I love receiving my vegetable box (fortnightly) because it is like a lucky dip for me. My box usually contains at least one or two seasonal vegetables that I would not normally buy at the supermarket. These gems, which arrive on my doorstep, force me to look for some new recipes and I usually find that I enjoy them with gusto. This week my box contains celeriac.
It was an encounter with celeriac that helped me decide to order a veg box. One day at work one of my colleagues was making herself some lunch in the kitchen. I noticed that she grated some raw celeriac and some other raw vegetables (carrot, beetroot) into a bowl to make a salad. Up until that point I hadn’t realised that celeriac could be eaten raw. When I asked her about it, my colleague said that it was related to celery (it is the celery root)…yes, it seems obvious now! It was then that I decided to order a veg box to force myself to learn about and try some new foods. I chose a veg box rather than a fruit and veg box because I think I am already quite adventurous with my fruit choices (I tried Dragon Fruit recently when it discounted at the supermarket, but I did not enjoy it).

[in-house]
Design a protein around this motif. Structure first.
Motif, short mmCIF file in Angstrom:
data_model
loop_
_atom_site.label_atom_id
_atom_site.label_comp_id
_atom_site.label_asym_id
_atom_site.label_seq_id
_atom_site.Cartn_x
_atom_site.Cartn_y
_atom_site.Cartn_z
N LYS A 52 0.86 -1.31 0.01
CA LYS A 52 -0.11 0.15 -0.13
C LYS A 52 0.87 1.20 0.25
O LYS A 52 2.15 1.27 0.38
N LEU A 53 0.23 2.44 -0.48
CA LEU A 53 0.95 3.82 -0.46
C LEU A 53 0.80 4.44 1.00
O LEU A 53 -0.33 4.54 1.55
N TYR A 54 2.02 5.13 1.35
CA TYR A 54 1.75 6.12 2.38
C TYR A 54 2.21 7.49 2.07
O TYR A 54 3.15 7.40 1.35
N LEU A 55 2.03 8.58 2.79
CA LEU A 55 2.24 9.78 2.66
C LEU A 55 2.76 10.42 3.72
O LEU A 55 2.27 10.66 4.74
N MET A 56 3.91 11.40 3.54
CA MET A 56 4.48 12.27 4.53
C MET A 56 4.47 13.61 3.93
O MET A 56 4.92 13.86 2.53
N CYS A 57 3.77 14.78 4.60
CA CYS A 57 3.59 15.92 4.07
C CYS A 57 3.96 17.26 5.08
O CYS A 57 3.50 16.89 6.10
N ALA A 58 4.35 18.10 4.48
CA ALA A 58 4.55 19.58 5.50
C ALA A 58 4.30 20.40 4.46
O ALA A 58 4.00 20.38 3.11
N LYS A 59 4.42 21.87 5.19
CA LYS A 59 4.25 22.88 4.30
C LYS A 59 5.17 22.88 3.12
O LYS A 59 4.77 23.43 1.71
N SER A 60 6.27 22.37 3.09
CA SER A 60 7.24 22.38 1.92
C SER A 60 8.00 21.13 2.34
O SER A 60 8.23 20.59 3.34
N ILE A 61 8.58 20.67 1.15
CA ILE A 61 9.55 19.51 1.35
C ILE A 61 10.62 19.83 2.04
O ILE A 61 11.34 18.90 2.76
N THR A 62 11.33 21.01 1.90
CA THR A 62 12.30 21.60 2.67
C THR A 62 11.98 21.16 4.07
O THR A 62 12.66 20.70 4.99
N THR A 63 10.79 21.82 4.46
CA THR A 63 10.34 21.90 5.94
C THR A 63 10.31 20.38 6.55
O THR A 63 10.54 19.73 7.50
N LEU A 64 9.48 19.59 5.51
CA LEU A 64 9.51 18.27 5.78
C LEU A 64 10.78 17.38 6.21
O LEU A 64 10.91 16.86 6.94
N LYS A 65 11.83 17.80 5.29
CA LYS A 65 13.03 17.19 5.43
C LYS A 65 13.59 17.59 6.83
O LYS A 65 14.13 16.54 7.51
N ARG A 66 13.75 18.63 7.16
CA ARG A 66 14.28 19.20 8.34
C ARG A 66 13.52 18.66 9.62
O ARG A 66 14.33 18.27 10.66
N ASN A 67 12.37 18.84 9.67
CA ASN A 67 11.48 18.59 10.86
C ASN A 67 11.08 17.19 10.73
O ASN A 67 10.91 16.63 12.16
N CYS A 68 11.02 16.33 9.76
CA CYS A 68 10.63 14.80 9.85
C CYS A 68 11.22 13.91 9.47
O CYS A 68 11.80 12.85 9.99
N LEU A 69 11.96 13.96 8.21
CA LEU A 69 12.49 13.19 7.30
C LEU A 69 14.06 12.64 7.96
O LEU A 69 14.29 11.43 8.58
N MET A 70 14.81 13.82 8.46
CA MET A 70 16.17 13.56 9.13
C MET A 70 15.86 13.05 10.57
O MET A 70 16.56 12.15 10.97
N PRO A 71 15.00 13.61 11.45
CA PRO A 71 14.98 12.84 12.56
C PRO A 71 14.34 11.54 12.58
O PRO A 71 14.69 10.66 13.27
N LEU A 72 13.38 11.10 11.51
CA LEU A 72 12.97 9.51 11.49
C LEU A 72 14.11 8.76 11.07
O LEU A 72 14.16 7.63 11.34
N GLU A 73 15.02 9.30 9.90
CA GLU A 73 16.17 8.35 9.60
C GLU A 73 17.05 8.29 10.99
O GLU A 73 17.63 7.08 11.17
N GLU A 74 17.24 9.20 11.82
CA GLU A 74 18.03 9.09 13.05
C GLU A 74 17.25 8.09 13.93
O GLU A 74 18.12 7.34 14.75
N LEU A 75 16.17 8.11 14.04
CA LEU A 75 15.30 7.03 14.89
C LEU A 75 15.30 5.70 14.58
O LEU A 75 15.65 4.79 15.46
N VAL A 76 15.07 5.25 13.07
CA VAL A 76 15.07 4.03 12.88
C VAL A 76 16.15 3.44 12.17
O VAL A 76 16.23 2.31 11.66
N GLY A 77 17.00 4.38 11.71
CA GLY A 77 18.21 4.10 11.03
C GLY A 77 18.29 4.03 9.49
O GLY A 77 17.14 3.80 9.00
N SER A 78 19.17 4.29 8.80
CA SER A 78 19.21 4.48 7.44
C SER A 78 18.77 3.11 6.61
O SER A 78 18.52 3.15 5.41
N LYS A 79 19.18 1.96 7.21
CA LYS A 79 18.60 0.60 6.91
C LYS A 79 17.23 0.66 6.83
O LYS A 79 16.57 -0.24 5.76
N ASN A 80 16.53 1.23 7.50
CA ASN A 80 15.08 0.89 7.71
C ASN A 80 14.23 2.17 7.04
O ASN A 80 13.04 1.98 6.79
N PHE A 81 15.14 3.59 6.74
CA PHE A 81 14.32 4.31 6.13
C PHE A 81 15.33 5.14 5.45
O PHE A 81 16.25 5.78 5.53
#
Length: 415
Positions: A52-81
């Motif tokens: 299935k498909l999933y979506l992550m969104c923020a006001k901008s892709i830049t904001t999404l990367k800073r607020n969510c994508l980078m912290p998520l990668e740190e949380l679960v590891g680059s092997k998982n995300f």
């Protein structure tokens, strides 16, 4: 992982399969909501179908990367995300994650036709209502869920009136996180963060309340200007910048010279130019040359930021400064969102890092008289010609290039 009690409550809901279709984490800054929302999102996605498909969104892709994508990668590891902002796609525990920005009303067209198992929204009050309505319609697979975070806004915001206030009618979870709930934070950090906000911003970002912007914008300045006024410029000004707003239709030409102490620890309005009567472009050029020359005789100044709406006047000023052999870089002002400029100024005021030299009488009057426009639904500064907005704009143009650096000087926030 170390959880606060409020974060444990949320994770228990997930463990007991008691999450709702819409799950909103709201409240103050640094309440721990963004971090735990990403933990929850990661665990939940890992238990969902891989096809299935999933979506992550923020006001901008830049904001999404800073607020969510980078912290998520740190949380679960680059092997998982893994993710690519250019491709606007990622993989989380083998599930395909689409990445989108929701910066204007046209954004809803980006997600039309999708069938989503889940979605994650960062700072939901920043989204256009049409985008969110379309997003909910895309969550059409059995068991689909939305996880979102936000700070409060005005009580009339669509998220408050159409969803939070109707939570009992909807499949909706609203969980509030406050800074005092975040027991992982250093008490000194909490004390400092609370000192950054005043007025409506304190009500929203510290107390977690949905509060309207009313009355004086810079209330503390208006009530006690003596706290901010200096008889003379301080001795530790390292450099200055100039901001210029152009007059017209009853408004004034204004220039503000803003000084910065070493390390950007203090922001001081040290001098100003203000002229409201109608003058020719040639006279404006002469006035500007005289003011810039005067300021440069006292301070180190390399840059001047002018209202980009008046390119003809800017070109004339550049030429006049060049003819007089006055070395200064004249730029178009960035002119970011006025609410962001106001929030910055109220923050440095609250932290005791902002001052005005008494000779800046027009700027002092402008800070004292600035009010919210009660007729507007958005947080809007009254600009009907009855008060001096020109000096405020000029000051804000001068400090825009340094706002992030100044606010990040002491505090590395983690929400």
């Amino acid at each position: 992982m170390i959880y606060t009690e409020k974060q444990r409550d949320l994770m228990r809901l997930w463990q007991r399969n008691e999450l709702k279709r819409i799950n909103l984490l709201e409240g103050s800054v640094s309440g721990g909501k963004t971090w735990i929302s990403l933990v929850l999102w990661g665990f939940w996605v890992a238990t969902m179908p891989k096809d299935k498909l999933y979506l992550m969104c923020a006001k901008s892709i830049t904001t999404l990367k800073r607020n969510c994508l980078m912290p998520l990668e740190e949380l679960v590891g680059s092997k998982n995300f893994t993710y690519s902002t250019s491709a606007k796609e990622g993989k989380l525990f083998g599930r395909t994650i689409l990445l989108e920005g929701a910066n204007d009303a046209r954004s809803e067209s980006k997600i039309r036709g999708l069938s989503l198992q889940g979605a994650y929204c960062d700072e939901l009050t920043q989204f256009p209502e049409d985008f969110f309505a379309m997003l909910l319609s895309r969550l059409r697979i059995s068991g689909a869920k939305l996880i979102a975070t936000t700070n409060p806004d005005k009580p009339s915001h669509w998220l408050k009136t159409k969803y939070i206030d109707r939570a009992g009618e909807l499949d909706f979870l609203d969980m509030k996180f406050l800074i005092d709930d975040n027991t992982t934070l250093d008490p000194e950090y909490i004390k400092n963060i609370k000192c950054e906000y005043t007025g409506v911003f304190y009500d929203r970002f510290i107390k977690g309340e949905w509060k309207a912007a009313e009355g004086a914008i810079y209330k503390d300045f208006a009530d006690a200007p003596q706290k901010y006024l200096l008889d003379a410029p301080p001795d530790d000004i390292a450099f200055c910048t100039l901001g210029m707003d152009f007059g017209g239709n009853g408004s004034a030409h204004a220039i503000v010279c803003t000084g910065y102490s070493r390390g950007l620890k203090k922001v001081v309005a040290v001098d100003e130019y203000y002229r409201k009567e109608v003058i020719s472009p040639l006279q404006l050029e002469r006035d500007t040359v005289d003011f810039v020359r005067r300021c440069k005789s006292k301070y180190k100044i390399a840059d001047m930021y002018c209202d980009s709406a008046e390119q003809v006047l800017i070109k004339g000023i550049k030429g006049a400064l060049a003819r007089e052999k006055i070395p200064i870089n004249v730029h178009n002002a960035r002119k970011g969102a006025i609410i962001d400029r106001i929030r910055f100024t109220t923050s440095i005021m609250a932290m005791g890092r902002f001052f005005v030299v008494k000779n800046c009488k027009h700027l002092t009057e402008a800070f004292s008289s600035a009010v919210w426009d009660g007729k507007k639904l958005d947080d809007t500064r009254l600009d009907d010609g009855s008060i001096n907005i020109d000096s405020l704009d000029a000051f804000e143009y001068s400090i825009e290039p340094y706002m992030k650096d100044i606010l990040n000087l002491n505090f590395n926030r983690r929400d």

Celery & celeriac provide fibre, vitamin C, vitamins B1, B2 and B6, potassium, folic acid & calcium. The phtochemicals (coumarins) contained within may help with cancer prevention and they enhance the activity of some white blood cells.
Celeriac should be peeled and the thick and hairy roots removed (just because they look unpleasant). When I looked for recipes today I found quite a few that looked appealing, including:
- Celeriac oven chips
- Steak & onions with celeriac mash
- Celeriac, potato & rosemary gratin
- Celeriac coleslaw
- Roast, curried celeriac chunks
- Prosciutto & celeriac twists (party food)
Hmmm…I think I’ll make a coleslaw today.